Last reviewed 01/2023

Xanthomata are localised collections of lipid-laden foam cells, which are histiocytes containing cytoplasmic lipid material. They are tumour-like enlargements rather than true neoplasms. The cells contain cholesterol, both free and esterified, triglycerides, and phospholipids. With the exception of xanthelasma, lesions may be surrounded by inflammatory cells and fibrosis.

Generally, xanthomata are caused by raised levels of lipoproteins and, or, lipids.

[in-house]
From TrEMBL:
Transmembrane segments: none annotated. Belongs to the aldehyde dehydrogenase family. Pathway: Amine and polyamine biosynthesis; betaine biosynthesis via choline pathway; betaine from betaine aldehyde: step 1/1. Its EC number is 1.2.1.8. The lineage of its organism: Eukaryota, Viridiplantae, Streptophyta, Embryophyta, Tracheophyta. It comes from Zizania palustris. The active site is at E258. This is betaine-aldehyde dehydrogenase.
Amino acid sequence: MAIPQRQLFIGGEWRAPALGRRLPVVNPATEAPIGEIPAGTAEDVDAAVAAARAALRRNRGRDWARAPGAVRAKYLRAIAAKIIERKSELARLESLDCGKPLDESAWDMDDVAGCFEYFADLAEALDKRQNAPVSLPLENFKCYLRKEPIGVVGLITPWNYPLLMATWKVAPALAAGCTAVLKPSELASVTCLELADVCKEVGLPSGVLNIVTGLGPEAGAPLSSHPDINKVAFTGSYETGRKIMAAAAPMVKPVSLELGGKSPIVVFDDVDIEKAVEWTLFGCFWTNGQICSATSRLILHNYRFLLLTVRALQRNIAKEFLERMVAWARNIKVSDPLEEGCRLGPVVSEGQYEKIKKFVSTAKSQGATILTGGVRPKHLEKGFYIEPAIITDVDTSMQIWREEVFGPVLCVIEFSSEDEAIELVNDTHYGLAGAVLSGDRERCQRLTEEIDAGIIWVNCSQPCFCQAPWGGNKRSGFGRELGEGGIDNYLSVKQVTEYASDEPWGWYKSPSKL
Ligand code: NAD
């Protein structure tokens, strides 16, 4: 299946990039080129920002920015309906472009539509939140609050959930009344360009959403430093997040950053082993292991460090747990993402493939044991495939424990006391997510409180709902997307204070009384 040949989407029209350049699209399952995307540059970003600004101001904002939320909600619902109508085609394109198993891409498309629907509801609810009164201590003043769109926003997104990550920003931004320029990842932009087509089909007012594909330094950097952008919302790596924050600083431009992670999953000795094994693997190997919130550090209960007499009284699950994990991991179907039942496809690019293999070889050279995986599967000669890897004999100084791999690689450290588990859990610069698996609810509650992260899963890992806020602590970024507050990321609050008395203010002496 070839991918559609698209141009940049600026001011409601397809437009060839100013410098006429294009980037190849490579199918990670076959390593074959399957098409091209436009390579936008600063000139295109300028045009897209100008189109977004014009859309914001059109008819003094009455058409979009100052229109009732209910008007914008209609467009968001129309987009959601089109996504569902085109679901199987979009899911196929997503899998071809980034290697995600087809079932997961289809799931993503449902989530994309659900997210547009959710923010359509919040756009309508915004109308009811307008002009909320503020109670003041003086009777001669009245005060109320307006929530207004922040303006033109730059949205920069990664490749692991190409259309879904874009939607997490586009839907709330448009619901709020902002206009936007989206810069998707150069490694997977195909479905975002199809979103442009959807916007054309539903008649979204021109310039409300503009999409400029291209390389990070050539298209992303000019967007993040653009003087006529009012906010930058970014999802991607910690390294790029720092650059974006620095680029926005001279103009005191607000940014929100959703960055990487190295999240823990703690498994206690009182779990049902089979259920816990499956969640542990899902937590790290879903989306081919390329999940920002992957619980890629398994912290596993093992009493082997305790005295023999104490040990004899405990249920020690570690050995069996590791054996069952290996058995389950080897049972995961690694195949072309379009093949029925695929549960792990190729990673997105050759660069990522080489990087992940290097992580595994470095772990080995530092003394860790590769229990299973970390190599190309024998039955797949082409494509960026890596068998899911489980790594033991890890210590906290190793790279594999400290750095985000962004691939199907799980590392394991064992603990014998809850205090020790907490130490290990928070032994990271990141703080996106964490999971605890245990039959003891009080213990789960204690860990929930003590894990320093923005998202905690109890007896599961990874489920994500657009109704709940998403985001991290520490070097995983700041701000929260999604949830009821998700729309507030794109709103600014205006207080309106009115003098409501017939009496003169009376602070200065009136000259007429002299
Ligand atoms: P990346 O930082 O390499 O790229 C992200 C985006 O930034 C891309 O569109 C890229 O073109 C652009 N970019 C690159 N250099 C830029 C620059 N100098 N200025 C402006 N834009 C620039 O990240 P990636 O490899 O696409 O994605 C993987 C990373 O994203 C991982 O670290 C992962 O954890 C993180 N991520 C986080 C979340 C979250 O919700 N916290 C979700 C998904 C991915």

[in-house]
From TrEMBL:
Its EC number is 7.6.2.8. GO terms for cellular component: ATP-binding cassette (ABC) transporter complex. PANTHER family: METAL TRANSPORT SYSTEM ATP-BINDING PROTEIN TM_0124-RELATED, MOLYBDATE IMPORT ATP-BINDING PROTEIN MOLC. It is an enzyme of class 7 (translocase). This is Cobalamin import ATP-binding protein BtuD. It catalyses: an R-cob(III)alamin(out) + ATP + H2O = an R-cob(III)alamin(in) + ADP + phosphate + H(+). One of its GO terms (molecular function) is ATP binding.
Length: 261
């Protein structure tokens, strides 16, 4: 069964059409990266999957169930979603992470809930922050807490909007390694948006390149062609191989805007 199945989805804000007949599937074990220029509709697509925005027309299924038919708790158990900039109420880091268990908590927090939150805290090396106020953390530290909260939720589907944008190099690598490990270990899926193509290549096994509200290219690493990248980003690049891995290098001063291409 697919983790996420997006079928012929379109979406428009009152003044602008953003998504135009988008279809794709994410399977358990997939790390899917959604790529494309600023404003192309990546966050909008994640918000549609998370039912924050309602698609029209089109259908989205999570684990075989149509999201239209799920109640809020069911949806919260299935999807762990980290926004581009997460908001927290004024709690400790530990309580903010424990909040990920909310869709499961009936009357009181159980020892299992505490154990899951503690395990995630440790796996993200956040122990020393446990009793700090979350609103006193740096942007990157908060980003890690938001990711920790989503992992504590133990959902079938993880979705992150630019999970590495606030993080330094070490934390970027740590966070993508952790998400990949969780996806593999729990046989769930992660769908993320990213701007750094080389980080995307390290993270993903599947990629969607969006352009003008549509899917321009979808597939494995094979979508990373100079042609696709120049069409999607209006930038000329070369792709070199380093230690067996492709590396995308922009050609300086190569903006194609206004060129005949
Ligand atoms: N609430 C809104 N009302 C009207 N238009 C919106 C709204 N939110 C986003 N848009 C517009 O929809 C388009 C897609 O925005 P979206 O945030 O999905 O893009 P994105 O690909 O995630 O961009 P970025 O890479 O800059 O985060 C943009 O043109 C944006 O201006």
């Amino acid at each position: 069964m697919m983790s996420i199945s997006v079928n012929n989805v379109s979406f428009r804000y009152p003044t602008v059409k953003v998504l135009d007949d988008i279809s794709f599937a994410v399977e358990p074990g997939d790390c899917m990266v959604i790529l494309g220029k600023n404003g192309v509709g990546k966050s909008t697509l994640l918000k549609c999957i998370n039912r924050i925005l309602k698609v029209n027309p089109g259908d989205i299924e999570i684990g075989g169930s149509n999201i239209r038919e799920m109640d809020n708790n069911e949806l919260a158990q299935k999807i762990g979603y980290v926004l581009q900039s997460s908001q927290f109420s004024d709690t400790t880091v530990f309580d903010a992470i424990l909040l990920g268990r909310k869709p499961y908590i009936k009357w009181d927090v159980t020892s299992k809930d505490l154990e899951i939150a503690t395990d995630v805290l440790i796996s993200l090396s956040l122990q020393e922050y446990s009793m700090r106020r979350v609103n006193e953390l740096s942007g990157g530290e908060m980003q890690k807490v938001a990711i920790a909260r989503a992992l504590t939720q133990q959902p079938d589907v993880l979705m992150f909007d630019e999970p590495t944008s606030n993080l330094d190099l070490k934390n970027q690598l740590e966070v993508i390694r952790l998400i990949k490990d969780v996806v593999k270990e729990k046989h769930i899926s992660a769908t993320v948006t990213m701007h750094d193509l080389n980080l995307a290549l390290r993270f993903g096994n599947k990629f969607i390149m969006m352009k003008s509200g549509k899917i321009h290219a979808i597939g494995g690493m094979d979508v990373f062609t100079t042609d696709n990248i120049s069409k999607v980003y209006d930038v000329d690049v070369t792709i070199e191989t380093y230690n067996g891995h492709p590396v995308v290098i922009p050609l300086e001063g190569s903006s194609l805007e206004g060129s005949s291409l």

Tendon xanthomata are diagnostic hallmarks of familial hypercholesterolaemia - the only other causes of tendon xanthomata are so very rare (phytosterolaemia and cerebrotendinous xanthomata) that the presence of raised cholesterol and tendon xanthomata is effectively diagnostic of famial hypercholesterolaemia

Localised infiltrates of lipid-containing foam cells commonly occur on the eyelid - xanthelasma.